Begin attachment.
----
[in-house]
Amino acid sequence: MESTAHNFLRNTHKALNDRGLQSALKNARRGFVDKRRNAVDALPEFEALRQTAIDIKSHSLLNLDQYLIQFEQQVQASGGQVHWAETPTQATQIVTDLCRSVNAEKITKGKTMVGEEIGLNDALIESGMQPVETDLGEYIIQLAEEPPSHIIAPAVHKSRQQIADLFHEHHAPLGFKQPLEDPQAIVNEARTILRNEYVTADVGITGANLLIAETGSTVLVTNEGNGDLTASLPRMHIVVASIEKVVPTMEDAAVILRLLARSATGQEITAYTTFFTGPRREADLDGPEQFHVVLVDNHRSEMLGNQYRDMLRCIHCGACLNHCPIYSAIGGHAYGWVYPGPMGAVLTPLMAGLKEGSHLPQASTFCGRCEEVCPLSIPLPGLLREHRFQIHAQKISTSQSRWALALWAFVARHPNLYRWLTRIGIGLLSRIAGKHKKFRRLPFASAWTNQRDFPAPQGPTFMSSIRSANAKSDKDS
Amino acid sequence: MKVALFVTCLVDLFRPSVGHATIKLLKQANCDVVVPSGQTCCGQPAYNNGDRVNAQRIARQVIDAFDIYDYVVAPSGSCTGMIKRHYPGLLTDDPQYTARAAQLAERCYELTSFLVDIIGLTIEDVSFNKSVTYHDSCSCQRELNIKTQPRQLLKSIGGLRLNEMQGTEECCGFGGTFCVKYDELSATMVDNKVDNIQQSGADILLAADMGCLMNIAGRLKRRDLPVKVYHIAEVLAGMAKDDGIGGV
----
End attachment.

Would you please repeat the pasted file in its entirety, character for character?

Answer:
[in-house]
Amino acid sequence: MESTAHNFLRNTHKALNDRGLQSALKNARRGFVDKRRNAVDALPEFEALRQTAIDIKSHSLLNLDQYLIQFEQQVQASGGQVHWAETPTQATQIVTDLCRSVNAEKITKGKTMVGEEIGLNDALIESGMQPVETDLGEYIIQLAEEPPSHIIAPAVHKSRQQIADLFHEHHAPLGFKQPLEDPQAIVNEARTILRNEYVTADVGITGANLLIAETGSTVLVTNEGNGDLTASLPRMHIVVASIEKVVPTMEDAAVILRLLARSATGQEITAYTTFFTGPRREADLDGPEQFHVVLVDNHRSEMLGNQYRDMLRCIHCGACLNHCPIYSAIGGHAYGWVYPGPMGAVLTPLMAGLKEGSHLPQASTFCGRCEEVCPLSIPLPGLLREHRFQIHAQKISTSQSRWALALWAFVARHPNLYRWLTRIGIGLLSRIAGKHKKFRRLPFASAWTNQRDFPAPQGPTFMSSIRSANAKSDKDS
Amino acid sequence: MKVALFVTCLVDLFRPSVGHATIKLLKQANCDVVVPSGQTCCGQPAYNNGDRVNAQRIARQVIDAFDIYDYVVAPSGSCTGMIKRHYPGLLTDDPQYTARAAQLAERCYELTSFLVDIIGLTIEDVSFNKSVTYHDSCSCQRELNIKTQPRQLLKSIGGLRLNEMQGTEECCGFGGTFCVKYDELSATMVDNKVDNIQQSGADILLAADMGCLMNIAGRLKRRDLPVKVYHIAEVLAGMAKDDGIGGV